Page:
Well, I—the bill I produced—I introduced said we're going to reduce the cost of insulin. And by the way, it costs, to make that insulin—it costs $10 to make it and to package it. Ten. T-E-N. Ten dollars. And they're charging as high as 650, 700 dollars a month for it.
Well, the original bill I introduced said we're going to take care of everybody who's on insulin. My friends on the other team were able to get enough votes to knock out that for anybody but for the seniors.
You know, we've locked in savings in health care premiums for a million of the people on the Affordable Care Act. You know, one of the things that people forget is, without the Affordable Care Act, anybody who had a preexisting condition could not get insurance. Let me say it again: You could not get insurance if you didn't have a whole hell of a lot of money to buy a private policy. Well, it guarantees that people with preexisting conditions can have insurance.
We're making it possible for families to save thousands of dollars in energy savings with the legislation we have, which, as I said, it's going to bring a trillion-seven off the market investing in other jobs.
And, folks, for the first time in a long time, we're going to make sure the biggest corporations begin to pay their fair share of Federal taxes with a minimum tax rate of 15 percent. In 2020, of the Fortune 500 companies, 52 made $40 billion and didn't pay a single penny in taxes. I come from the corporate State of the world, across the border, in Delaware. I know corporations. I got elected six times there. But everybody should be paying something. Everybody should be paying something.
And we're doing all this while reducing the deficit. My friends talk—on the other team—talk about how we're "big spenders." Well, guess what? They passed a $2 trillion tax cut for the top 1 percent, basically, and corporate America, and didn't pay for a penny of it.
My first year in office, we reduced the Federal debt by $350 billion—350. And this year, we're reducing it by more than $1 trillion while we're doing all the things we're doing. And allowing Medicare to negotiate drug prices is going to reduce it, over the next 10 years, another $300 billion over the next decade.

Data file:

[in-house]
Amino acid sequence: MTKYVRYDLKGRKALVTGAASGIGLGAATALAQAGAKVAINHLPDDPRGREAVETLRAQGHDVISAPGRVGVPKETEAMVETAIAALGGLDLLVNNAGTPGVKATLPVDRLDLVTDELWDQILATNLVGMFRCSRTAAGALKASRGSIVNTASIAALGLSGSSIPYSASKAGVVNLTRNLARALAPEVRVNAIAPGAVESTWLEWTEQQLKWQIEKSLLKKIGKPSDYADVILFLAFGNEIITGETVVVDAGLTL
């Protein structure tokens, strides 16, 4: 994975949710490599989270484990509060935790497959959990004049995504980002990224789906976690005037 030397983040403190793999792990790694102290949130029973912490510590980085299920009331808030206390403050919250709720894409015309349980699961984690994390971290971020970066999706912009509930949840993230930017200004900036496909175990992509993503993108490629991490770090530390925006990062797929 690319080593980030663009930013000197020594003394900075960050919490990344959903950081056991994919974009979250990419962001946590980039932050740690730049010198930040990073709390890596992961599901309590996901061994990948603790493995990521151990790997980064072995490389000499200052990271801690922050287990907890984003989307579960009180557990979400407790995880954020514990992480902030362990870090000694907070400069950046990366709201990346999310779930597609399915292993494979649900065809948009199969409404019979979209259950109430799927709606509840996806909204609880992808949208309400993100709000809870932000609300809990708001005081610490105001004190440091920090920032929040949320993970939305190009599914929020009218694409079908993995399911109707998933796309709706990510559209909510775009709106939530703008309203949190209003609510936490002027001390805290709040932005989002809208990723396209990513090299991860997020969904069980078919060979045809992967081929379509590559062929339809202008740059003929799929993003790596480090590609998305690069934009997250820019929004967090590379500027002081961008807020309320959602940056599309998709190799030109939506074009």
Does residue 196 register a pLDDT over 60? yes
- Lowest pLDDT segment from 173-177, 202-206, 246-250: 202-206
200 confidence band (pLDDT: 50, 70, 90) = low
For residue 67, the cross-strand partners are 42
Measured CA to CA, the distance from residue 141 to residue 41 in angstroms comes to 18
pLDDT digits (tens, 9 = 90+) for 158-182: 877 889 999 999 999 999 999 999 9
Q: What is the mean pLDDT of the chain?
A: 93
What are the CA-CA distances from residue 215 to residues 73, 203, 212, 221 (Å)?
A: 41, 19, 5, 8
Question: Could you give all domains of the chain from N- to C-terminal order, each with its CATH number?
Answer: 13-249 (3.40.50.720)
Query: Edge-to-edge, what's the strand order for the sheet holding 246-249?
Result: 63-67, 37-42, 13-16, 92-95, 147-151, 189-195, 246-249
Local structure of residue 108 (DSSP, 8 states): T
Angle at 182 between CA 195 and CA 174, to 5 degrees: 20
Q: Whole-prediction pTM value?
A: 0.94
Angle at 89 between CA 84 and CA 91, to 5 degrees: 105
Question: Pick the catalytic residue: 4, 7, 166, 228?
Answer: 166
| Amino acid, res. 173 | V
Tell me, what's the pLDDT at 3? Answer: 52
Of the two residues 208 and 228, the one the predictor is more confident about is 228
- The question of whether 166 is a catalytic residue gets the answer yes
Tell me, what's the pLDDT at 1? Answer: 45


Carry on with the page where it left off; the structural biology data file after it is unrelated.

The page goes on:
Every single Democrat voted for the Inflation Reduction Act. And every single Republican voted against it. Not only that, they're telling us that the number-one priority is to repeal—if they win, they're saying they're going to repeal the Inflation Reduction Act if they gain control of the Congress.
Let's be crystal clear what that means: Republicans take control of the Congress means the power we just gave Medicare to negotiate drug prices goes away. Gone. Prices will go back up. If Republicans take control of the Congress, that $2,000 cap on prescription drug costs we just passed goes away. Gone. If they take back the control of the Congress, the $35-a-month cap on insulin for folks on Medicare we just passed goes away. Gone. The savings on health care premiums we just got for a million Americans, for the Affordable Care Act, gone.
And of course, it's not just the Inflation Reduction Act they want to get rid of. They still want to get rid of the Affordable Care Act. That means an end to protection for millions of people with preexisting conditions who rely on the Affordable Care Act. Gone.
Now, when it comes to taxes, if Republicans get their way, they're going to get rid of the corporate minimum tax. They're not talking about getting rid of your taxes, but the corporate minimum tax. The biggest corporations can go back to paying zero in Federal income tax.